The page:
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Old 05-12-2018, 06:29 PM   #16
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A couple of other things to think about:
1. Jack pads and leveling blocks. You can use blocks of wood like 2x8s but I found the plastic pads to be more compact for travel and storage. Buy the extra large size jack pads.

2. Water pressure regulator. Some campsites have very high water pressure and a regulator can keep it from damaging your system.

3. A multi-block charger for your phones. There are limited numbers of outlets so a charging block with multiple USB ports saves a few.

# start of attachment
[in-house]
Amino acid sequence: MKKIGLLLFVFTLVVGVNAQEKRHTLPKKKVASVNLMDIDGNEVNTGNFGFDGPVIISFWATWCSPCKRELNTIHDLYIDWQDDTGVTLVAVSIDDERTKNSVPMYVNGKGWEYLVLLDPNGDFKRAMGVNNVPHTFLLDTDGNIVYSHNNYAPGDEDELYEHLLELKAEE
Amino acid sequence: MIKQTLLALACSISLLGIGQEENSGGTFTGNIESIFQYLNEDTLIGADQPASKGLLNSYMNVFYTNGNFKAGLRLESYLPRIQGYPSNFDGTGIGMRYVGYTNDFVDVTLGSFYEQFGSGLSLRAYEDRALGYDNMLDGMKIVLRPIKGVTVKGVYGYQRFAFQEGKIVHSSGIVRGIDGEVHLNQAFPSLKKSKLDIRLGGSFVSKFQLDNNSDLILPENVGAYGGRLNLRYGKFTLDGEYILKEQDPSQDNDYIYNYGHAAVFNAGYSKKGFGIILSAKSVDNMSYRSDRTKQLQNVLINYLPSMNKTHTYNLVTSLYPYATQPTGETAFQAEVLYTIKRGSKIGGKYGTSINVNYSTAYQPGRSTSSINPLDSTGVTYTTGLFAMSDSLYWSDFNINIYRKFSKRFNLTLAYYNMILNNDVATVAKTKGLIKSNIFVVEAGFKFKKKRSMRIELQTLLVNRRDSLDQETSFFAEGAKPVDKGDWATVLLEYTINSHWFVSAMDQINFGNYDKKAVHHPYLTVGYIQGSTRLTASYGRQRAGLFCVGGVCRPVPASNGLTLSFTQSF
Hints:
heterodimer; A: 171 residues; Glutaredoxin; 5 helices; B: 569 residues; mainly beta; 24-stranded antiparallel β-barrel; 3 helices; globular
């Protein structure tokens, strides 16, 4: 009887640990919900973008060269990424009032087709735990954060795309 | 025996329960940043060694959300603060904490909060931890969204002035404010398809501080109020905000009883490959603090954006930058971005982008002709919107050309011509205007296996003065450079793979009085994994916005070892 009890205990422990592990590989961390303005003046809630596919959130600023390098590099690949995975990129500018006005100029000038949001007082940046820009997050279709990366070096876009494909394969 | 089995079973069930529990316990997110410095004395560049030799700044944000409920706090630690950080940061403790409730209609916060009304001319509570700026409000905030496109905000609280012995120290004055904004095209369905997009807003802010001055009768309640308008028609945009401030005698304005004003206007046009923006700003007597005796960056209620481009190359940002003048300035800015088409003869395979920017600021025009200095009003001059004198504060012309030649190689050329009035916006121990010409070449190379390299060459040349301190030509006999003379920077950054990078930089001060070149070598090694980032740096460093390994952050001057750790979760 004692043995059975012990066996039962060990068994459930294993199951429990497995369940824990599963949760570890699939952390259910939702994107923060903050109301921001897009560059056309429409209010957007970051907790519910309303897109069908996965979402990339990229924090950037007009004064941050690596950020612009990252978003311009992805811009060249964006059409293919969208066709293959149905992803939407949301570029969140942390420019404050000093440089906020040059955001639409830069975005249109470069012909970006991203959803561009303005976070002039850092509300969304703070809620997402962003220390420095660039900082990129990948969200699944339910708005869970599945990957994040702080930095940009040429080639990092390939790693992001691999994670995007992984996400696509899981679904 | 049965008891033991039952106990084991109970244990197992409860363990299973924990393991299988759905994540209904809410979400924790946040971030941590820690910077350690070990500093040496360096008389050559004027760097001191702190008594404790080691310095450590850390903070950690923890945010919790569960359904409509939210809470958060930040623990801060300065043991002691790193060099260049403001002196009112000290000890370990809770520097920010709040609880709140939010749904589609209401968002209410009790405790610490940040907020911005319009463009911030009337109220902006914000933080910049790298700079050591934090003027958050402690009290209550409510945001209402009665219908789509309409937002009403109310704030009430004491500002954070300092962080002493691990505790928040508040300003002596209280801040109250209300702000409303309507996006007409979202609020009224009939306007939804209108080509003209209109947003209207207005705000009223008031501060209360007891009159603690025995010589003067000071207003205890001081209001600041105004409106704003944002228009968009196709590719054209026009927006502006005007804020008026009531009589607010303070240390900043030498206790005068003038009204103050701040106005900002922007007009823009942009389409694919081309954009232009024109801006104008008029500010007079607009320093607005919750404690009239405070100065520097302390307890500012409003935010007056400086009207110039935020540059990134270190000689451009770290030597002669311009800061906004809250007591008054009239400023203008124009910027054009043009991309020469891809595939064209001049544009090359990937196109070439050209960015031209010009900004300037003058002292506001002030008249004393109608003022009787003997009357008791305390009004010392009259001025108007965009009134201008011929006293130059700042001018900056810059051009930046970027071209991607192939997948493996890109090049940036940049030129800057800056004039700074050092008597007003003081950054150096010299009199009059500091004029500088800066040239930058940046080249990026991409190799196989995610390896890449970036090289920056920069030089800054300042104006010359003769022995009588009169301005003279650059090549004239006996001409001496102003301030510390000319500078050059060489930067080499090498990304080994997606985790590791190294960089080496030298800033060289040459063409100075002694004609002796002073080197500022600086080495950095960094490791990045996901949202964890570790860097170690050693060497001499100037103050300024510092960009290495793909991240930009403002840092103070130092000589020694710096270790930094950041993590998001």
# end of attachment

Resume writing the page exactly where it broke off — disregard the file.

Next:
4. A single-serve Keurig or similar coffee maker is the easiest way to brew coffee, tea, etc. for the family if you have AC power. A stove-top perculator is easiest when off the grid.

5. If you camp off the grid, you will want to install 12 volt outlets and consider solar panels. I bought a 100 watt Windy Nation solar kit and wired a 12 volt outlet to the load side of the charge controller. Since my camper doesn’t have Air conditioning I have found that the single panel easily keeps up, plus I keep the solar panel connected when my camper is sitting at home to keep my batteries charged.

6. 50-amp to 30-amp adapter. You may never need it, but it is possible you will get a campsite with only a 50-amp outlet. When we used to tent camp we once had to go without power for a day because the site we were assigned didn’t have any 20 amp outlets.
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Old 05-12-2018, 08:00 PM   #17